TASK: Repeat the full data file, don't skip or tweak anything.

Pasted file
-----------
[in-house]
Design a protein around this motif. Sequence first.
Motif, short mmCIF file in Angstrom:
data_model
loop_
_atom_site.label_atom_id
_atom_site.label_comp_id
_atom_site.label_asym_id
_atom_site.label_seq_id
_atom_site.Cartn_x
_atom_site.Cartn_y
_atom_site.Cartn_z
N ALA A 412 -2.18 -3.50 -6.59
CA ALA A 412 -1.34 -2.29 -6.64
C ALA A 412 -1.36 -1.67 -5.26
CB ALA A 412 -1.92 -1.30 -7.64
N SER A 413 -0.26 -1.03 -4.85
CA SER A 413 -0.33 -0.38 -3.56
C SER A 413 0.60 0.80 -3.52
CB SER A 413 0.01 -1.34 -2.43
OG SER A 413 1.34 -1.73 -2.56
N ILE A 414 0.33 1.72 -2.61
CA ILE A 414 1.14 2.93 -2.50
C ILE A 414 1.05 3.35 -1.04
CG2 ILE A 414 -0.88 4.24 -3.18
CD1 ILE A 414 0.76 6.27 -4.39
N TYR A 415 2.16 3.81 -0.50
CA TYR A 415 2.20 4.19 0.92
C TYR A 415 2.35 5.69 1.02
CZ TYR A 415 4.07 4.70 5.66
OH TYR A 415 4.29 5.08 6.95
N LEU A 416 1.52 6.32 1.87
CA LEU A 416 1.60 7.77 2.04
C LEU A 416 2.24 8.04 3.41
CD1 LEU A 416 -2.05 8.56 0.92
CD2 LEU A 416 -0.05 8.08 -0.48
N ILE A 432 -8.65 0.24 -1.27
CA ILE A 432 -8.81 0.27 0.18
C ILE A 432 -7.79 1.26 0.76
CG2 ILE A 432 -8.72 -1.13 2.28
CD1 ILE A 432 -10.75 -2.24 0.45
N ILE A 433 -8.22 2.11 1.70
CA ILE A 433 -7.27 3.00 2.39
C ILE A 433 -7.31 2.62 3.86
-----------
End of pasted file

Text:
[in-house]
Design a protein around this motif. Sequence first.
Motif, short mmCIF file in Angstrom:
data_model
loop_
_atom_site.label_atom_id
_atom_site.label_comp_id
_atom_site.label_asym_id
_atom_site.label_seq_id
_atom_site.Cartn_x
_atom_site.Cartn_y
_atom_site.Cartn_z
N ALA A 412 -2.18 -3.50 -6.59
CA ALA A 412 -1.34 -2.29 -6.64
C ALA A 412 -1.36 -1.67 -5.26
CB ALA A 412 -1.92 -1.30 -7.64
N SER A 413 -0.26 -1.03 -4.85
CA SER A 413 -0.33 -0.38 -3.56
C SER A 413 0.60 0.80 -3.52
CB SER A 413 0.01 -1.34 -2.43
OG SER A 413 1.34 -1.73 -2.56
N ILE A 414 0.33 1.72 -2.61
CA ILE A 414 1.14 2.93 -2.50
C ILE A 414 1.05 3.35 -1.04
CG2 ILE A 414 -0.88 4.24 -3.18
CD1 ILE A 414 0.76 6.27 -4.39
N TYR A 415 2.16 3.81 -0.50
CA TYR A 415 2.20 4.19 0.92
C TYR A 415 2.35 5.69 1.02
CZ TYR A 415 4.07 4.70 5.66
OH TYR A 415 4.29 5.08 6.95
N LEU A 416 1.52 6.32 1.87
CA LEU A 416 1.60 7.77 2.04
C LEU A 416 2.24 8.04 3.41
CD1 LEU A 416 -2.05 8.56 0.92
CD2 LEU A 416 -0.05 8.08 -0.48
N ILE A 432 -8.65 0.24 -1.27
CA ILE A 432 -8.81 0.27 0.18
C ILE A 432 -7.79 1.26 0.76
CG2 ILE A 432 -8.72 -1.13 2.28
CD1 ILE A 432 -10.75 -2.24 0.45
N ILE A 433 -8.22 2.11 1.70
CA ILE A 433 -7.27 3.00 2.39
C ILE A 433 -7.31 2.62 3.86